Adult Student’s Corner
Physical balance isn’t the only form of balance a martial arts student should hone….
The Merriam-Webster dictionary defines balance as follows:
bal·ance noun \ba-lən(t)s\
- the state of having your weight spread equally so that you do not fall
- the ability to move or to remain in a position without losing control or falling
- a state in which different things occur in equal or proper amounts or have an equal or proper amount of importance
Balance in Kung Fu is more often than not associated with the physical sense of the word. In fact, from the day a new student walks onto the kwoon we begin to help them understand their bodies in order to develop, amongst other things, balance.
But physical balance isn’t the only form of balance a martial arts student should hone….
Balance your RESPONSIBILITIES
Whether you are in high school, university or working full-time we all occasionally find conflict with our Kung Fu training schedule. Even when you are preparing for a high sash grading, it is important not to neglect your other responsibilities. People are depending on you, and as a Kung Fu student it is important that you show them that you take all your responsibilities seriously. Your Kung Fu training should be one of your areas of focus, but it needs to be balanced with your future goals and the ones you love.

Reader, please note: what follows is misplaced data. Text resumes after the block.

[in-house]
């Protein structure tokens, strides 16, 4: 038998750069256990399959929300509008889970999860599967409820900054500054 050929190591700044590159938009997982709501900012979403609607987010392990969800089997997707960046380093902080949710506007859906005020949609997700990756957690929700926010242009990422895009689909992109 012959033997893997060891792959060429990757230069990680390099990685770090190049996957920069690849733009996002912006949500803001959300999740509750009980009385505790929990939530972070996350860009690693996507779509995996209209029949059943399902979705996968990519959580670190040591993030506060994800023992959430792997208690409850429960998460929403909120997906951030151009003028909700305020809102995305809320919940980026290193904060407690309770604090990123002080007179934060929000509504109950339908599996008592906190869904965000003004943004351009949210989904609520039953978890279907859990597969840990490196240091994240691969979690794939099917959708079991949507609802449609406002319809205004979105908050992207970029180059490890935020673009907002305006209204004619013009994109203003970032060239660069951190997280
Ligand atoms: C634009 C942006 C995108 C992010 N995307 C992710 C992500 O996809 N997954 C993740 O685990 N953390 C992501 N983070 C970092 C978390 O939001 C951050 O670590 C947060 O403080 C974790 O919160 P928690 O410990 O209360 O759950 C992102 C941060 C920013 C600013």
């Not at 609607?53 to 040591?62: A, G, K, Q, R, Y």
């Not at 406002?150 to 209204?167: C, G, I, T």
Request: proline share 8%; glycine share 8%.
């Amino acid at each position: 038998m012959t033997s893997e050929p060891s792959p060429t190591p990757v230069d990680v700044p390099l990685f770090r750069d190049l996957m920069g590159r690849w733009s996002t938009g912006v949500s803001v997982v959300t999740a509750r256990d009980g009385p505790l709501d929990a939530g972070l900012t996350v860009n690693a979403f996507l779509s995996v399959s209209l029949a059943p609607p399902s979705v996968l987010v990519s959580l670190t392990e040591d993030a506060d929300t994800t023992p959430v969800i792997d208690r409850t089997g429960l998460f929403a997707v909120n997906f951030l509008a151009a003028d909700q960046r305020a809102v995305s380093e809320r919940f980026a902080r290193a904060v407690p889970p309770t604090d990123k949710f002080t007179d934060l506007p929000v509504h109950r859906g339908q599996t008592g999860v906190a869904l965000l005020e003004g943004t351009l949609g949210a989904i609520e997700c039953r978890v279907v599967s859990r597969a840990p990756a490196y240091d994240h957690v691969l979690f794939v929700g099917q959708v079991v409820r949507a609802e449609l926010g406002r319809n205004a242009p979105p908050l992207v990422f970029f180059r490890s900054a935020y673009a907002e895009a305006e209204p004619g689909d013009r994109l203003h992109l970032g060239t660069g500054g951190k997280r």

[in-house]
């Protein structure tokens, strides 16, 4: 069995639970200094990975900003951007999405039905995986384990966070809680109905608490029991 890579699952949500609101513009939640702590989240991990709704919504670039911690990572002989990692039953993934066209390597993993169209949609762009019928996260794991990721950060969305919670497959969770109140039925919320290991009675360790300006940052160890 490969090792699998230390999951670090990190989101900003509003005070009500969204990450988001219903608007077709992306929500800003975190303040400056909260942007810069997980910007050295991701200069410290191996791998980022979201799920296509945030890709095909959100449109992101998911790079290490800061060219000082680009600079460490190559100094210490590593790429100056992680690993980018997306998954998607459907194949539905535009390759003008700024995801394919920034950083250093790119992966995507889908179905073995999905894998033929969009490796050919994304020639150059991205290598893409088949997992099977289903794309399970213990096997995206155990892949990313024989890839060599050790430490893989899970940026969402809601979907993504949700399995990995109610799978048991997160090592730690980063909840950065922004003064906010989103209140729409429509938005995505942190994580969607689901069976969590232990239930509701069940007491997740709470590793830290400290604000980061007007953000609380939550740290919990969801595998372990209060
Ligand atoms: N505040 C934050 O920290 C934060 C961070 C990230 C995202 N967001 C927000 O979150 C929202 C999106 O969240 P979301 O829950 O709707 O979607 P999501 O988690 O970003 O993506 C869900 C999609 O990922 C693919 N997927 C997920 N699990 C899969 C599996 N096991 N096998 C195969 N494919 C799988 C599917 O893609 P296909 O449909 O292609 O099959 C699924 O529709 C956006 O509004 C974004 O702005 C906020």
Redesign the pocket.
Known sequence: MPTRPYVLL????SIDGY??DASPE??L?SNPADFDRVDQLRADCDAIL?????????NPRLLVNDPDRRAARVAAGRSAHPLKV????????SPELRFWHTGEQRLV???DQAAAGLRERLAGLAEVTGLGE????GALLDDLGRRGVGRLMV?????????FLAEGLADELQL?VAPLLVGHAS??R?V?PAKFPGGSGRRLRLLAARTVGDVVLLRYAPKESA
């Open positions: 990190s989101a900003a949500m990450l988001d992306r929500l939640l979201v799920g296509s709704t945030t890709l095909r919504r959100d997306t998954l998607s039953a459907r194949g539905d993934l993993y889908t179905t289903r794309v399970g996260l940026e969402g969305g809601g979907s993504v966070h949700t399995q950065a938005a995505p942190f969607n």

Balance your TRAINING
Kung Fu training challenges your body in many ways; strength; flexibility; speed; agility to name just a few. In class we go through great lengths to provide numerous drills and exercises to help you develop your body and increase your skill. In order to accelerate your progress, consider balancing your Kung Fu training with other physical activities such as; weight training; running; swimming; yoga or even meditation classes. Each of these activities will provide you with benefits that are transferrable to your Kung Fu, leverage them to get the results you want.
Balance your HEALTH
There is no doubt that the training you receive at Waterloo Kung Fu Academy can be rigorous at times. In fact, I can safely say that there is always something that I feel is tired, sore or worse… injured. If you do suffer an injury in training, it is vitally important to listen to your body. Let your Sifu know about your situation so they can suggest or permit a modification. If serious enough, take time off to let your body heal, being careful not to rush back to soon just so you can “make that next grading list”. An early return can set you back further then if you had you simply taken a little extra time. If you find yourself in this situation, discover balance by, working your forms in your mind, performing your hand techniques sitting down or any number of creative options.
In the end, each of our situations are unique to ourselves, and it is our own responsibility to find our balance. Sometimes it is not easy, but neither is Kung Fu….